Tuesday, 27 June 2017

[Guest Post] 'The Twist' by Sweet Little Lies author Caz Frear

Today I am delighted to welcome Caz Frear, author of 'Sweet Little Lies' to my blog to talk about;

'The Twist' - can you write a crime novel without one these days?








Remember back in 1995 when we all dropped our popcorn at the revelation that Kevin Spacey was Keyser Söze? (The Usual Suspects).  God, how good was that?  That devilish plot twist is still held up to be the daddy of all plot twists (in recent memory, anyhow), and it was probably a whole four years later before our jaws hit the floors again when it turned out Bruce Willis HAD BEEN DEAD THE WHOLE TIME!!!  

*Ok, so maybe not Bruce Willis, but his character, Malcolm Crowe in The Sixth Sense (I liked Bruce as a Malcolm, FYI)

Oh how we loved ‘The Twist’ back then.  They all felt so fresh, so damn bloody clever.   Up and down the land, people waxed lyrical about them.  Some smug folk claimed that they saw the twists coming a mile off, but I never trusted those people.  They’re the same kind of people who used to claim in school that they hadn’t done a single bit of revision and yet they still somehow managed to breeze an A-grade. 

Or maybe it was just me - maybe I was a bit gullible in my youth - because I’m not ashamed to admit that I didn’t guess either of those movie twists.  Atonement (2001) and One Day (2009) had me slack-jawed too.  Slack-jawed and blubbering like a baby.  

Alas, I rarely get that way these days.  Such is the voracity of my reading, and such is the current vogue for ‘The Twist’, that I’ve come to expect one now.  In fact, I’m far more side-swiped if there isn’t one.  The problem with this, of course, is that expectation can sometimes breed disappointment, and I can count on one hand the number of genuine ‘OMG’ moments I’ve encountered over the past twelve months.  This is generally for two reasons;

1) I’ve clocked the twist early on.  90% of the time, this does the author no disservice whatsoever because usually it’s a clever idea.  It’s just that with the volume of crime/thriller books I consume on a monthly basis, it’s getting harder and harder to hoodwink me.  I have a nose for a twist now.  I’m no longer the naive fool I was back in the 90s. 

2) The twist is, quite frankly, bonkers.  It’s been shoe-horned in for shock-value and left me scratching my head like Stan Laurel, rather than nodding in appreciation at the author’s twisty genius.
So have we reached saturation point, I wonder?  Can we really have too much of a good thing? 

I’ll go out on a limb here and say I think there should generally be some sort of a twist within a crime novel.  After all, the very purpose of the genre is to entertain, to shock, or at least stir some emotion, and following a very linear, ‘BAD THING HAPPENS -WORSE THING HAPPENS-THINGS GET RESOLVED-THEY LIVE HAPPILY EVER AFTER ’story-arc doesn’t exactly make for a rip-roaring read.  Red herrings, fun and as essential as they are, aren’t enough for the discerning crime reader anymore.  These days, we don’t just want to be led down the garden path, we want to be sucker-punched, mowed down on the garden path with the ‘WTF!’ to end all ‘WTF’s!’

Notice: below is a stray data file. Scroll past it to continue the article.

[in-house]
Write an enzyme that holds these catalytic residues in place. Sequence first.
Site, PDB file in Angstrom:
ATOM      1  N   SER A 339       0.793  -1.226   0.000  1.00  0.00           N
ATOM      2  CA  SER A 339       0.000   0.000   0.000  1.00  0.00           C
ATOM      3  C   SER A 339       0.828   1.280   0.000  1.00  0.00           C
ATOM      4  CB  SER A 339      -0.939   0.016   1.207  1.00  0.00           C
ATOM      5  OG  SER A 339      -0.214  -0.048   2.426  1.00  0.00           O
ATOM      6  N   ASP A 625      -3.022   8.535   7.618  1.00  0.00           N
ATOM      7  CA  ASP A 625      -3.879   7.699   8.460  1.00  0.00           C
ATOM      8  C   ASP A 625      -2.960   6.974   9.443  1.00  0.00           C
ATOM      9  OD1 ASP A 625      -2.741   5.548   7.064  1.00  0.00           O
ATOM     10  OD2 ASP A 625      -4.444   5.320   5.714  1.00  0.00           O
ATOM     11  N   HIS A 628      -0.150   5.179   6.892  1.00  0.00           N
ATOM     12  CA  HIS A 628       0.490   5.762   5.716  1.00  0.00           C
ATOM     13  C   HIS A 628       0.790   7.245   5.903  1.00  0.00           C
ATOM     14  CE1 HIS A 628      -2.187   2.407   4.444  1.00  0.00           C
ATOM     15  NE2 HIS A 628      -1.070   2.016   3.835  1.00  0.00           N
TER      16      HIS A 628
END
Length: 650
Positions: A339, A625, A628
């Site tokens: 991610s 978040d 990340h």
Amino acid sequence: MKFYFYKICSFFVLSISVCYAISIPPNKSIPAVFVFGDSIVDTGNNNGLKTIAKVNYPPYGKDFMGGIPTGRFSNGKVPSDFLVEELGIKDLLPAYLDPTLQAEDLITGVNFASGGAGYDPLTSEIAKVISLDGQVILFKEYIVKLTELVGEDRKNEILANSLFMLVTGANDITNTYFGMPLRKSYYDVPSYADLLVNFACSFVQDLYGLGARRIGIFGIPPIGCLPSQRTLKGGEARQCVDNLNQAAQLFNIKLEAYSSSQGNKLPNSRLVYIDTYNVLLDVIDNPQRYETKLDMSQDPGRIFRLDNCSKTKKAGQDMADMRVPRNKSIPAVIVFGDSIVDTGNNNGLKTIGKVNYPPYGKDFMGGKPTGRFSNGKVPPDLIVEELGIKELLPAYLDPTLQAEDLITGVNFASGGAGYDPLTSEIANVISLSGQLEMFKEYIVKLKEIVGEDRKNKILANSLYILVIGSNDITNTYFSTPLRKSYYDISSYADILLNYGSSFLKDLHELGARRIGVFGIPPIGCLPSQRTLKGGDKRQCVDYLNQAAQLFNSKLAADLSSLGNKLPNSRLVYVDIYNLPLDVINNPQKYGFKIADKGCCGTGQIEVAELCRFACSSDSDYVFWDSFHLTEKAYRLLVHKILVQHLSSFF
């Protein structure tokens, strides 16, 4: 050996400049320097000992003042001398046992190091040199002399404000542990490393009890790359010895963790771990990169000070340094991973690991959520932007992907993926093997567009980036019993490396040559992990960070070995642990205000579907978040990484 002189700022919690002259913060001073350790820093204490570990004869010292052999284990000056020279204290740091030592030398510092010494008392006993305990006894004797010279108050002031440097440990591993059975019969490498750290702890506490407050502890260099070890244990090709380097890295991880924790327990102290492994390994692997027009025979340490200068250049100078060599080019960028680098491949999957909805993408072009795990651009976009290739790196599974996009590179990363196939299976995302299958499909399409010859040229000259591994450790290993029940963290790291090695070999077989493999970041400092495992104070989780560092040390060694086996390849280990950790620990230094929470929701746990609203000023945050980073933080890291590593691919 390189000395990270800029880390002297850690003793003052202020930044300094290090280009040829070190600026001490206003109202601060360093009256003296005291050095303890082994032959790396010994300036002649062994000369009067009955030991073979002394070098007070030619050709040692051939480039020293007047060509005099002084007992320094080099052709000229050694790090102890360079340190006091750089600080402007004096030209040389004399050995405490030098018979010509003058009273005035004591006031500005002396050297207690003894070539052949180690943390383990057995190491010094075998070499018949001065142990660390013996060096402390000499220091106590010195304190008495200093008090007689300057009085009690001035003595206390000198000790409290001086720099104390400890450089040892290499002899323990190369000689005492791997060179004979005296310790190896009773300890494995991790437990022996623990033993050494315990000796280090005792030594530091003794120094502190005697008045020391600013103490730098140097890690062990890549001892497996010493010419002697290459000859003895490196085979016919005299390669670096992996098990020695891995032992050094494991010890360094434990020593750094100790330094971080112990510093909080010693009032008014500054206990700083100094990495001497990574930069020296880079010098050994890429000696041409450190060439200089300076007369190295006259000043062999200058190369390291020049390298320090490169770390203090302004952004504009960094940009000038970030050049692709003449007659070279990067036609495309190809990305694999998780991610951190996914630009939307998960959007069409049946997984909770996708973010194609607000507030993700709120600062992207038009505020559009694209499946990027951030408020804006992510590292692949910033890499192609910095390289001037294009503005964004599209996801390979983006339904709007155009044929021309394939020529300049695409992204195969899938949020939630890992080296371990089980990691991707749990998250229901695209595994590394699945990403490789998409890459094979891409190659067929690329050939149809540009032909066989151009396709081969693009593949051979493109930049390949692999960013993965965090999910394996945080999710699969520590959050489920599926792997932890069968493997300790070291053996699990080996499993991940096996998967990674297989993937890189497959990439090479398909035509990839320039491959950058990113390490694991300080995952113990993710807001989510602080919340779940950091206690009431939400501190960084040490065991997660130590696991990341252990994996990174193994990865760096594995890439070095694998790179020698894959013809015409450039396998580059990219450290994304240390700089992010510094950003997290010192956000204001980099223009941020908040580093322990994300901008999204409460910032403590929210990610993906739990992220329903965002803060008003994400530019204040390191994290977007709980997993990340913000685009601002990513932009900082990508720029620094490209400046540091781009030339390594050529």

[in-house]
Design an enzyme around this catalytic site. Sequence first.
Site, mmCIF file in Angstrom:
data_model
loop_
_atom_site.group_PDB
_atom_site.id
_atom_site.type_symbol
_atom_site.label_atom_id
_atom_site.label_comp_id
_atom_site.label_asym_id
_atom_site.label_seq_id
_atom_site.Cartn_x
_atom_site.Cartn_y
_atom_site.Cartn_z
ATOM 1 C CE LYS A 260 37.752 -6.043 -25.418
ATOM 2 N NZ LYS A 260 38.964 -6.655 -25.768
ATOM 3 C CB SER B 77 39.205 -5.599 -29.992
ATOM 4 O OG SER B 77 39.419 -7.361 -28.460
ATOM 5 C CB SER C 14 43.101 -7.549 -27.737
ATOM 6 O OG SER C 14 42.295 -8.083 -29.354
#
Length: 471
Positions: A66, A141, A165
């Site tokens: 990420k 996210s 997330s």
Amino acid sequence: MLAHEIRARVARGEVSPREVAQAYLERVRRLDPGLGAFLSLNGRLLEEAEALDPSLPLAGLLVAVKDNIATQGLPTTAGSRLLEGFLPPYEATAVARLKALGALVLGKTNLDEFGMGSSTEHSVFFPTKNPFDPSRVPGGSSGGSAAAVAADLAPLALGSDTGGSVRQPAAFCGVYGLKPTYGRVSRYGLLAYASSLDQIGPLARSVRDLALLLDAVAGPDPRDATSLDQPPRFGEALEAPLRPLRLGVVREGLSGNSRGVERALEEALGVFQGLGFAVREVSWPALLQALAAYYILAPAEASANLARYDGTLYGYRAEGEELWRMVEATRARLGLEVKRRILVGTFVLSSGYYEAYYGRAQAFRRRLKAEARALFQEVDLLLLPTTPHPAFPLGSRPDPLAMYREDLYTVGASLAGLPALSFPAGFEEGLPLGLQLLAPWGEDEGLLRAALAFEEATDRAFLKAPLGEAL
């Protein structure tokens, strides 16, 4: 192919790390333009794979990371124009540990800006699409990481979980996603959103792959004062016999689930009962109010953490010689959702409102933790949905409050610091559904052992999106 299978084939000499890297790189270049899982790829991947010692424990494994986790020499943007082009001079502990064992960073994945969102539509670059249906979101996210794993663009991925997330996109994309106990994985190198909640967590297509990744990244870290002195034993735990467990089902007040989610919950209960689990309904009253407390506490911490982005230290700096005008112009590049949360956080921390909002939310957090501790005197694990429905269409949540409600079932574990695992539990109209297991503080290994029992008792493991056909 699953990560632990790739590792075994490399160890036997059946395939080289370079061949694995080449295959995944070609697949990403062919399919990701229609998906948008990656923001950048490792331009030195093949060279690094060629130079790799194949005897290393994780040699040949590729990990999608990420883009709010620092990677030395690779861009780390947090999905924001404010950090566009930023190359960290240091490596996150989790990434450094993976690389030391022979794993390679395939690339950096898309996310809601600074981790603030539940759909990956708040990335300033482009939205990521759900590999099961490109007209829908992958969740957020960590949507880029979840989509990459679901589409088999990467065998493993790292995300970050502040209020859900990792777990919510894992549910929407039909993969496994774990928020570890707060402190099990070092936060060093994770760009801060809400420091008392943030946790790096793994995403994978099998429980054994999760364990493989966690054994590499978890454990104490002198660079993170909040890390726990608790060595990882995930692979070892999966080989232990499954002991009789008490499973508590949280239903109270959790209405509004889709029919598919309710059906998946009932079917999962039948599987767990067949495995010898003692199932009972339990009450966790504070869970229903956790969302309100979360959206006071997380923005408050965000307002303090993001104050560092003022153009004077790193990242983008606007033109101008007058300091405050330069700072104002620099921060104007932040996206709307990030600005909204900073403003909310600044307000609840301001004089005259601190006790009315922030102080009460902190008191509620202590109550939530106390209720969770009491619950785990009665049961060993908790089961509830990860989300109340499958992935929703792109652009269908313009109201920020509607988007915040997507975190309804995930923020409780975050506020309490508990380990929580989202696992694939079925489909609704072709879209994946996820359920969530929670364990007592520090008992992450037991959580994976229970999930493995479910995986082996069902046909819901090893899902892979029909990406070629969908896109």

There is a ‘but’ though.  A big ‘but’ (feel free to snigger).   I think the twist must feel true within the context of the story.  By this I mean it has to make some sort of sense.  A reader should be able to look back and see how the twist fits, whether that’s through subtly dropped clues along the way, or light flecks of foreshadowing that hint at something bigger.  I mean, sure, the ‘last-page curveball’ is sometimes used, and it can be fun, but ultimately it’s a bit like a McDonalds in that it gives you a short, sharp burst of pleasure but then a couple of hours later, you’re hungering for something else.  Something more satisfying.

Personally, I find the mid-point twist the most satisfying – a story that you think is heading one way and then BOOM, 200 pages in, you’re changing direction.  Gone Girl is probably the most obvious example of this but The Burning Air by Erin Kelly is definitely up there too.   


WHAT I THOUGHT I KNEW: In 1998, Maryanne Doyle disappeared and Dad knew something about it? Maryanne Doyle was never seen again.

WHAT I ACTUALLY KNOW: In 1998, Dad lied about knowing Maryanne Doyle. Alice Lapaine has been found strangled near Dad's pub. Dad was in the local area for both Maryanne Doyle's disappearance and Alice Lapaine's murder - FACT Connection?

Trust cuts both ways . . . what do you do when it's gone?

Sweet Little Lies is available from 29 June 2017.

You can pre-order it now via Amazon online and all good book shops.

Keep an eye out for my review - coming soon.





Don't forget to follow the rest of the blog tour!



No comments:

Post a Comment